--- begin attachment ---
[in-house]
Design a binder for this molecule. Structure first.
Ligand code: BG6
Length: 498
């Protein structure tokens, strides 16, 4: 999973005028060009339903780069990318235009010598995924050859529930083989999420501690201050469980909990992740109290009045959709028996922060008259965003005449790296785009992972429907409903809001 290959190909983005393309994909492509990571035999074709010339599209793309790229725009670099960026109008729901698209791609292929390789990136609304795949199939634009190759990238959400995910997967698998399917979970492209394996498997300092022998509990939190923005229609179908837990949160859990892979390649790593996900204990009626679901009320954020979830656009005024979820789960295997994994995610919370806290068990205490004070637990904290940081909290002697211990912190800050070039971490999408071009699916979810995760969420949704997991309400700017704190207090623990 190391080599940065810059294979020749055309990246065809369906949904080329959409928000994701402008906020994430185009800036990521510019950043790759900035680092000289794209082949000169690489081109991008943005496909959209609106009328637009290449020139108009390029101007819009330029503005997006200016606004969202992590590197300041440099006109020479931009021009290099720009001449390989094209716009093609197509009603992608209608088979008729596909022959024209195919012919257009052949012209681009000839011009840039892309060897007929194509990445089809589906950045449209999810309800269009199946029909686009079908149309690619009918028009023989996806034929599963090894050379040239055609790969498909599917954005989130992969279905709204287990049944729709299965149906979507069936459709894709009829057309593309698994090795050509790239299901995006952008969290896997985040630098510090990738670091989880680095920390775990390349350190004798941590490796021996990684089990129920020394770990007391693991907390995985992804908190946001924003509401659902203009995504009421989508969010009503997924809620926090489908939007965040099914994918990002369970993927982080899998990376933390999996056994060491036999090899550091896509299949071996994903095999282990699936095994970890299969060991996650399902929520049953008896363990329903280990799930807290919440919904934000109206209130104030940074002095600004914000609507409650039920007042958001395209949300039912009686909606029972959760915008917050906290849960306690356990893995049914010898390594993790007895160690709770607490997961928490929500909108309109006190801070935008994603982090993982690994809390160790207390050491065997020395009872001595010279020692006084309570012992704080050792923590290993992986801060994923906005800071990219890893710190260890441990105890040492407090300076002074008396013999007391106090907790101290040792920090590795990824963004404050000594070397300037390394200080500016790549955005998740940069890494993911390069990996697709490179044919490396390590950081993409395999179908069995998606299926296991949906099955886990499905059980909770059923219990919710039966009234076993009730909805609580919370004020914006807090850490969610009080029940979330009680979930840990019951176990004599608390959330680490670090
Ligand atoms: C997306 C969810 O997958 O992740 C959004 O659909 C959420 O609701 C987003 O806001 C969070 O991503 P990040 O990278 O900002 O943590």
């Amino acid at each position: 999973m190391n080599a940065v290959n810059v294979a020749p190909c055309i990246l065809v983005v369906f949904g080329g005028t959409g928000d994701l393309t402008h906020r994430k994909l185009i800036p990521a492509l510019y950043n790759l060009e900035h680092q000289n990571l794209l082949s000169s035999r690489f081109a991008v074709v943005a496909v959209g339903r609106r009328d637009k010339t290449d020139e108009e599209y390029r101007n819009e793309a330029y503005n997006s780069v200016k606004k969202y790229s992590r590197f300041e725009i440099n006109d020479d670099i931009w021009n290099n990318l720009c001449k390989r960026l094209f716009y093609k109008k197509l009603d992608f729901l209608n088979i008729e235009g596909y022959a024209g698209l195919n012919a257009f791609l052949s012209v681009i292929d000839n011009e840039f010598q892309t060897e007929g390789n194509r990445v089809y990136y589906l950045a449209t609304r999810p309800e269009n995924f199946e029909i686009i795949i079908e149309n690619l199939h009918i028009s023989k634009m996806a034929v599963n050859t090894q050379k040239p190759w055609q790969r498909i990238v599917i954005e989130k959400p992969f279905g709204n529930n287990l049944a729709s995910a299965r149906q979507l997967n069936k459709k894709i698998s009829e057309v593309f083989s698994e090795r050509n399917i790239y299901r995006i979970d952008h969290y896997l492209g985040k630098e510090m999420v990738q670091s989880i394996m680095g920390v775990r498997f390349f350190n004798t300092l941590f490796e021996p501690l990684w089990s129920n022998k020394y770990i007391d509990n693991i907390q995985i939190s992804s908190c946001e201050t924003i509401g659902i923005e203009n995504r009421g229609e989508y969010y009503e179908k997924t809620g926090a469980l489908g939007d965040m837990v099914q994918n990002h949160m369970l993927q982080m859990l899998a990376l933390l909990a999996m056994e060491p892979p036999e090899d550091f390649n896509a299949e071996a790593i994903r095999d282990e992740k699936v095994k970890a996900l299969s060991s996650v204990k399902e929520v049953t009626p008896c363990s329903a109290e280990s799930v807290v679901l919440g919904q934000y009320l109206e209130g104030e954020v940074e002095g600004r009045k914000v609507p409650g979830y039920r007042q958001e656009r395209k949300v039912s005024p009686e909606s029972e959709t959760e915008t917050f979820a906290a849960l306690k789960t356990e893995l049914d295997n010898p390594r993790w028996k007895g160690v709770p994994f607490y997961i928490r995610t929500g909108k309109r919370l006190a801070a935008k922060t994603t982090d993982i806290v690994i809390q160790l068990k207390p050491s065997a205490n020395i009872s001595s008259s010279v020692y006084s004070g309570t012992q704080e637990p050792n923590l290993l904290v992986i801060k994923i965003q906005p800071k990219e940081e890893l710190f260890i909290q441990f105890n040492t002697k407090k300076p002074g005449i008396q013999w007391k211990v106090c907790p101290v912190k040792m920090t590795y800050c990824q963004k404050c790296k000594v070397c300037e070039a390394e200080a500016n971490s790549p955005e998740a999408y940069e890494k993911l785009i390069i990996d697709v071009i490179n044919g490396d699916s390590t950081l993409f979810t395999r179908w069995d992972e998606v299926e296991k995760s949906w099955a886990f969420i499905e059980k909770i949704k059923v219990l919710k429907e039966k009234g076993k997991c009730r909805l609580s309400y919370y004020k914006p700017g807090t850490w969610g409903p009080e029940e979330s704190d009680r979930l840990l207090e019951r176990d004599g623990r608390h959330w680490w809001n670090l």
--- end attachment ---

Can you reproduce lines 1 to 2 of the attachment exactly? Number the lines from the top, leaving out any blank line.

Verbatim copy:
[in-house]
Design a binder for this molecule. Structure first.